But is the governments entire set of assumptions bad business because they're dressing up a bad model without getting to the crux of the problem?
Gambling experts seem to think so:
- “If any U.S. casino had that kind of monopoly and customer base the revenues would be much better,” a casino manager from Nevada told me. He suggested that with 80 million* Ontario residents and the huge appetite for gambling in the province, OLG should be bringing in at least double that revenue
- The casino manager believes revenues aren’t higher because the odds aren’t competitive, a mistake that is made too often by monopolies.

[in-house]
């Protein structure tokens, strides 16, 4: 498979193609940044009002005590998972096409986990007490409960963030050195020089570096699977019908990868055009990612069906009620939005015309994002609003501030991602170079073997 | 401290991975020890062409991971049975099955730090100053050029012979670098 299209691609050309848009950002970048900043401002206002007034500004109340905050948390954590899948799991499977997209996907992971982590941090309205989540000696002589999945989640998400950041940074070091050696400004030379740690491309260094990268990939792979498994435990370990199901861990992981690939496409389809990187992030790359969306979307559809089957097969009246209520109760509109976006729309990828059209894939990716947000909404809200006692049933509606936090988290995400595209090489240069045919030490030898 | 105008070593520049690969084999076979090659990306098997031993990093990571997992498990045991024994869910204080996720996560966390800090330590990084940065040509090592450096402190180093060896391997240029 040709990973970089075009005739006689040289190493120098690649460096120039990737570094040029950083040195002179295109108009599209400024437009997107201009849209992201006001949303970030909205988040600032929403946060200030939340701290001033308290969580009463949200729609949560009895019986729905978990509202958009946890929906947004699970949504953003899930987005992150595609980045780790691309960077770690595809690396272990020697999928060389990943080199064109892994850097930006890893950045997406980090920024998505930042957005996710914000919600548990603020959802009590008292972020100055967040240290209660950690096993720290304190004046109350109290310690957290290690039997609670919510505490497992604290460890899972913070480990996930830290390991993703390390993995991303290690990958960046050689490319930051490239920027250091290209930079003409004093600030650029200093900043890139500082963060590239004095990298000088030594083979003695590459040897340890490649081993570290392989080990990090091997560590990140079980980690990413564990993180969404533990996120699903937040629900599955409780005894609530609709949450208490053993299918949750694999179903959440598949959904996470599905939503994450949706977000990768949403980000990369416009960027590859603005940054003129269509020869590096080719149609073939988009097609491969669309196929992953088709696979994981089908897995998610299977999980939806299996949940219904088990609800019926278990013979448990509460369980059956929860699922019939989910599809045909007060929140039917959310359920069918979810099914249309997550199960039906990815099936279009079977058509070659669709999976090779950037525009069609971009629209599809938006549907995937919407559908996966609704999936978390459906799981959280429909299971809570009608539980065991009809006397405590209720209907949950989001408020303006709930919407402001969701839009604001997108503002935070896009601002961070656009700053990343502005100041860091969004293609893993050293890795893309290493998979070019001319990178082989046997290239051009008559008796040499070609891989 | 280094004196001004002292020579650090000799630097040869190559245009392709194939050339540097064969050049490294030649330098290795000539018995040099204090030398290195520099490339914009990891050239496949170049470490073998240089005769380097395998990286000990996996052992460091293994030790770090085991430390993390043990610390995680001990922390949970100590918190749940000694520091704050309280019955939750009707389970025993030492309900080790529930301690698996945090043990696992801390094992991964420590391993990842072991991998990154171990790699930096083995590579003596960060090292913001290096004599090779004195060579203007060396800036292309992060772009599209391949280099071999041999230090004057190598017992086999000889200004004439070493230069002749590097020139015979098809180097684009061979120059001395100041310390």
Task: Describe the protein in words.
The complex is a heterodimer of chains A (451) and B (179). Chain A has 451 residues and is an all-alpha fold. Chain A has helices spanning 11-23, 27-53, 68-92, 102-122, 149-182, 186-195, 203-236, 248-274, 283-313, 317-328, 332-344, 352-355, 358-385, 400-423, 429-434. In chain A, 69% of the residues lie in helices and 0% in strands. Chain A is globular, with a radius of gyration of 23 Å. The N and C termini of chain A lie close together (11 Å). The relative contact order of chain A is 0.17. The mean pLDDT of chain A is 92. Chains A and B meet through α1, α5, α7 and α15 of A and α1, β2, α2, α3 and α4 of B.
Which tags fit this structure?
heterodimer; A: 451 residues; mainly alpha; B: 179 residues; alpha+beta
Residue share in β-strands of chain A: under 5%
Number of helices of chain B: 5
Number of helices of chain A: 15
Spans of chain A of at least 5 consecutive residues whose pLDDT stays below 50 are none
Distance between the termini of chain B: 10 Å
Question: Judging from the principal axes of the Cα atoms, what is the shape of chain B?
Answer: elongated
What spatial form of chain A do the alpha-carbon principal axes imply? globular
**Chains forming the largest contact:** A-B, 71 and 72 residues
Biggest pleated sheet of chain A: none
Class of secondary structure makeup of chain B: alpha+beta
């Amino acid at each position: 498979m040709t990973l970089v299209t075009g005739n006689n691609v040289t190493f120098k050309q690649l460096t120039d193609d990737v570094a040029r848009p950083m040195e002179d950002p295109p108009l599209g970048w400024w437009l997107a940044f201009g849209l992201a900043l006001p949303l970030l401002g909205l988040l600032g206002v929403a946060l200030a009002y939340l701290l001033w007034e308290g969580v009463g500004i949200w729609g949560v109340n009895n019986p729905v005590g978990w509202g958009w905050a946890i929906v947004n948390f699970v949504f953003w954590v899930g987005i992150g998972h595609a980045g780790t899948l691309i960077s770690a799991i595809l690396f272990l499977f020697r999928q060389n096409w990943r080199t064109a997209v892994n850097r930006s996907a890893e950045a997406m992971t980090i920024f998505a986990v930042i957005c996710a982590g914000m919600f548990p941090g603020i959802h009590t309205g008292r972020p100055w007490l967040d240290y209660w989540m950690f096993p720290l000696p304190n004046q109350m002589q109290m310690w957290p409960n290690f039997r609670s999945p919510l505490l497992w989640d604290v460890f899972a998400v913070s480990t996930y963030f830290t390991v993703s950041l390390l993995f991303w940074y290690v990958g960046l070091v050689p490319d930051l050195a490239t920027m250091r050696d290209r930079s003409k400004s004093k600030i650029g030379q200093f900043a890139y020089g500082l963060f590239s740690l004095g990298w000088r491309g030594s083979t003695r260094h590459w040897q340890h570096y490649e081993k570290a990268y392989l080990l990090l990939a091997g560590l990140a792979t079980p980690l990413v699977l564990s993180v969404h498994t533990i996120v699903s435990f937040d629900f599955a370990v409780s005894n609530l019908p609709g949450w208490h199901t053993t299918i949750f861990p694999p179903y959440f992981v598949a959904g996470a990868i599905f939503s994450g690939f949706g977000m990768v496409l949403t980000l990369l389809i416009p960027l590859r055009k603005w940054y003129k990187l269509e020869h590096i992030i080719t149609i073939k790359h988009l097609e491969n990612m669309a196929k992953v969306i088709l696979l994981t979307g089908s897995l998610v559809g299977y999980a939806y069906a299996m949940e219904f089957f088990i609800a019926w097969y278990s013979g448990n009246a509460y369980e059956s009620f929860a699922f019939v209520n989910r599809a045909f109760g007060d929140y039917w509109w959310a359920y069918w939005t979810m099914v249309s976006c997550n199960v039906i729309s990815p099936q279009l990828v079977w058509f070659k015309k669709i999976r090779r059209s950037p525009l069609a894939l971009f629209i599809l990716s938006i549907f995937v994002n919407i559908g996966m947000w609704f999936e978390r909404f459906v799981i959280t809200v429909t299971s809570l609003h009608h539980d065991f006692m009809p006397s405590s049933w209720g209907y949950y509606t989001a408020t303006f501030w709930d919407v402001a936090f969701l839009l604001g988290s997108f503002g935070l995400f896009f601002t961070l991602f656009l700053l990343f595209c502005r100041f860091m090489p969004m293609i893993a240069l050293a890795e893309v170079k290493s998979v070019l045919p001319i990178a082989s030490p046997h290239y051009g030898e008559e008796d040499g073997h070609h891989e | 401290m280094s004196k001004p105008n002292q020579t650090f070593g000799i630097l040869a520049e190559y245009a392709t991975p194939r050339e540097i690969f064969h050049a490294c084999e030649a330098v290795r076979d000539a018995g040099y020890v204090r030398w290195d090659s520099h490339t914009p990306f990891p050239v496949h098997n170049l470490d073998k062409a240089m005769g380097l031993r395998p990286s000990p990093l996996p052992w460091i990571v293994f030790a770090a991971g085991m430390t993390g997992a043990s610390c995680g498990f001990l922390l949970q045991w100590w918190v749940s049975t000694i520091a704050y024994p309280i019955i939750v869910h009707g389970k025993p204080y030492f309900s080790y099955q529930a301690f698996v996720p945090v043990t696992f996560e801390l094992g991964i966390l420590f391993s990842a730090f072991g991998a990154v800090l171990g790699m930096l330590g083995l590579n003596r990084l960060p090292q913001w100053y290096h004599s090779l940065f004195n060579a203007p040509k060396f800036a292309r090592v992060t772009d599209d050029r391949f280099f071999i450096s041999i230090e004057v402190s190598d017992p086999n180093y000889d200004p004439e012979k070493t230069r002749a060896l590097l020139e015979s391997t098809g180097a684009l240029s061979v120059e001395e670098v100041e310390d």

- Obviously all things equal Canadians would prefer to bet with the government bookmaker but if the governments and agencies like OLG treat single game sports betting like the lottery, they can forget about gaining much interest except with the very naïve or amateur bettors.
Hmmm - decrease takeouts, offer proper lines, and make sure they have big pools. That sounds familiar.
Regardless, what Ontario has done with gambling clearly has not worked, or we would not be where we are. Did mismanagement get us here? At least some seem to think so.
* Suspected typo